Saint Yves of Brittany, Confessor

May 19

Today is the feast day of Saint Yves of Brittany.  Ora pro nobis. 

Yves,  (Ivo of Kermartin was born of noble parents (Ivo was the son of Helori, lord of Kermartin, and Azo du Kenquis) in Brittany in 1253. The lessons his pious mother instilled in the heart of the boy through Christian training, preserved him amid the grave dangers to which he was exposed during his student years at Paris and Orleans. (1)

Not only did he go to church in the morning to attend holy Mass, but every evening he performed his devotions there. Besides studying his textbooks, he delighted in reading the lives of the saints, and the reading drew him very strongly to imitate them. He drank no wine, and his pastime consisted in visiting the sick in the hospitals. (1)

On his return to Brittany, he became a judge of the Rennes diocesan court and then of his own diocese, Treguier, where he became known as “the poor man’s advocate” for his defense of the poor and his refusal to accept fees from his poor clients. In 1284, he was ordained, resigned his legal position in 1287 to be parish priest at Tredrez, and later filled the same role at Lovannec. (2)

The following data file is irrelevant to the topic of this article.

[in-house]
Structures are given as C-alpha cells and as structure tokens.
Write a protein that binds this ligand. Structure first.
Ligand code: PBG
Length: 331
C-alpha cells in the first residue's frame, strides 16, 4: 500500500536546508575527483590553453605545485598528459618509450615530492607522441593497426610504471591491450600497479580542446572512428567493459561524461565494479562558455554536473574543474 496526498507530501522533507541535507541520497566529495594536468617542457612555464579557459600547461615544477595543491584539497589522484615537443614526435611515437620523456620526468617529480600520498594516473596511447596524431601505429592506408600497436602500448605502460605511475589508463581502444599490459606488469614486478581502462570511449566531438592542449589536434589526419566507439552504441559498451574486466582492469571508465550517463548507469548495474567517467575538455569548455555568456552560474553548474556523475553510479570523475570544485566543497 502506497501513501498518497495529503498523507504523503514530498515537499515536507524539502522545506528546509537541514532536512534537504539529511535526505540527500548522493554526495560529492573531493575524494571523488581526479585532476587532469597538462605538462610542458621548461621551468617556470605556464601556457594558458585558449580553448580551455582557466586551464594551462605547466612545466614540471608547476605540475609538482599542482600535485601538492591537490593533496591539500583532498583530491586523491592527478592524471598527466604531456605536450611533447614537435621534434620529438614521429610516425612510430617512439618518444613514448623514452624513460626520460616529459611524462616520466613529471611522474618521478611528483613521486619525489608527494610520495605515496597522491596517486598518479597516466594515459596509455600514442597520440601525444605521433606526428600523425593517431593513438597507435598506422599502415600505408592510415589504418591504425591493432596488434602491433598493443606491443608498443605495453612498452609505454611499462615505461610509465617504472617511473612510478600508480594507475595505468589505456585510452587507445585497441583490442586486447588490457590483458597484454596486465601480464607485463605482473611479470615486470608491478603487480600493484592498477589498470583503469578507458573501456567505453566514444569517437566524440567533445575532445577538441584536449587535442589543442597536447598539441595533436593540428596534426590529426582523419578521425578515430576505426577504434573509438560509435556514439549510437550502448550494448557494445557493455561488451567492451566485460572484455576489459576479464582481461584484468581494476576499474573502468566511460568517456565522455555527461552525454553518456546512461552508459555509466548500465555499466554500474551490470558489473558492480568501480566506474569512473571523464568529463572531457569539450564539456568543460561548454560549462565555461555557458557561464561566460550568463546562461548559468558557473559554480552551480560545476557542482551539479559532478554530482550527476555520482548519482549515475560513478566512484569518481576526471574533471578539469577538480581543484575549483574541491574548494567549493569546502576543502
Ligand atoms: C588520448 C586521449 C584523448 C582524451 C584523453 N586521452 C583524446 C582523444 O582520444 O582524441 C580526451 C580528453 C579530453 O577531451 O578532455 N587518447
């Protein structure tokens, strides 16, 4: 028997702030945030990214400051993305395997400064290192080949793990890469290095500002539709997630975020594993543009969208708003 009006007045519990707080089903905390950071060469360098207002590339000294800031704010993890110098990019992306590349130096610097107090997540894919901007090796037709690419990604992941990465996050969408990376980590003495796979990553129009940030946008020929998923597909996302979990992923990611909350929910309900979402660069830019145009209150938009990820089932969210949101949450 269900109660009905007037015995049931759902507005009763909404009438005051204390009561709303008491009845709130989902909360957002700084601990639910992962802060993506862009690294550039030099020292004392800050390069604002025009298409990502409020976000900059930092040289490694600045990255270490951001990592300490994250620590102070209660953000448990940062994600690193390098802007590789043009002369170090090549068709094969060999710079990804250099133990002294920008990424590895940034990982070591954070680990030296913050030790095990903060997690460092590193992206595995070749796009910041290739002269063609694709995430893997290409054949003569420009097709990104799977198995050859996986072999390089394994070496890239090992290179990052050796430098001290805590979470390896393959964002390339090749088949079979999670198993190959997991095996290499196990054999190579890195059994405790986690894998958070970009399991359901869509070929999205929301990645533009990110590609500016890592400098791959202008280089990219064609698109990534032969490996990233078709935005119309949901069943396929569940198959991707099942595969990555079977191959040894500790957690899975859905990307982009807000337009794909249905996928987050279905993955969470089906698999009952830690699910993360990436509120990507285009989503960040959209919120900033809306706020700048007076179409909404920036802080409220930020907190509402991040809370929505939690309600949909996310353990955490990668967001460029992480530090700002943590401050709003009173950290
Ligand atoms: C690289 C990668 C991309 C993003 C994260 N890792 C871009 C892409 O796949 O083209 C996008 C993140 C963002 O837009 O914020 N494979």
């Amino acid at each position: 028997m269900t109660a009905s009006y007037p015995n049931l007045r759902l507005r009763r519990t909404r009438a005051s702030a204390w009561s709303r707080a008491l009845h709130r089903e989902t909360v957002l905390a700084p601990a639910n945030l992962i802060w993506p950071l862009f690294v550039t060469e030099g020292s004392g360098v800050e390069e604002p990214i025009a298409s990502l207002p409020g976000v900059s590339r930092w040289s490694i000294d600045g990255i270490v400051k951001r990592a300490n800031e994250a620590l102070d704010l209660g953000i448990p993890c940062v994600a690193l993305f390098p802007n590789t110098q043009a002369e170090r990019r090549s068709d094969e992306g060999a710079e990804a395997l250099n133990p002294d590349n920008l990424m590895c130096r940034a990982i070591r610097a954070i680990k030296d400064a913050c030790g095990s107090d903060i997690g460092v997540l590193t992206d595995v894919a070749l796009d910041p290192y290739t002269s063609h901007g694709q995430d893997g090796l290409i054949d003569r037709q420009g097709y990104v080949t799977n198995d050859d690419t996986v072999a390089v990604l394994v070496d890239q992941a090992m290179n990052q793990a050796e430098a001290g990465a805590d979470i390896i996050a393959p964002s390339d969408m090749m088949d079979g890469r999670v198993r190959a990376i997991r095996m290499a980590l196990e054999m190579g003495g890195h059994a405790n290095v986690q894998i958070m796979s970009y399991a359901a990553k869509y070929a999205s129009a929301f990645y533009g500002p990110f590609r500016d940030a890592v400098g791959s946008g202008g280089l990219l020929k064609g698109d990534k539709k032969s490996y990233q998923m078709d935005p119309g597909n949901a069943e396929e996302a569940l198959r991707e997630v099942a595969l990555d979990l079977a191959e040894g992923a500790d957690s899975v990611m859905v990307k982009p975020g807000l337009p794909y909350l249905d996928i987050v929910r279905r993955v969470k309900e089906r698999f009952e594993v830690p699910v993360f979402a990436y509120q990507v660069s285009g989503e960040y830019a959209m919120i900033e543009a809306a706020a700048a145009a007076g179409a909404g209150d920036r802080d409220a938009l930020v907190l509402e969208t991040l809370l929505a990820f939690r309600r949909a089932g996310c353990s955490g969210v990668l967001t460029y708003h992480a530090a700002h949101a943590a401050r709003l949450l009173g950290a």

Yves arranged his household and his wardrobe in the simplest fashion. All his time and labor he devoted to his flock, to whom he was a true shepherd and father. He strove to uproot vices of long standing, especially usury and immorality, and by his zeal, charity, holy example, and fervent prayers, he succeeded. Here, too, the poor were his special friends. His home was an open guest-house for the poor, the blind, the lame, and the helpless of the entire vicinity. During a famine God almighty came to the assistance of his generosity by visible miracles. A flour bin which a domestic had found empty was found filled when Yves himself went with the domestic to examine it. Once he fed two hundred hungry persons with seven loaves of bread; at another time he fed twenty-four persons with a small loaf. (1)

Saint Yves of Brittany’s labors and his strict life sapped all his energy. He was hardly fifty years old when he felt his end nearing. Fortified with the last sacraments, he commended his soul to the hands of his Creator and died with a smile on May 19, 1303. His body was entombed in the cathedral of Treguier. The finest eulogy was tendered him by the poor, who flocked thither in great numbers and raised such lamentations that all present were deeply touched.

After many miracles at his grave, Pope Clement VI added Saint Yves of Brittany to the list of saints of the Catholic Church. (1)

Image: Saint Ivo (3)

Research by Ed Masters, REGINA Staff


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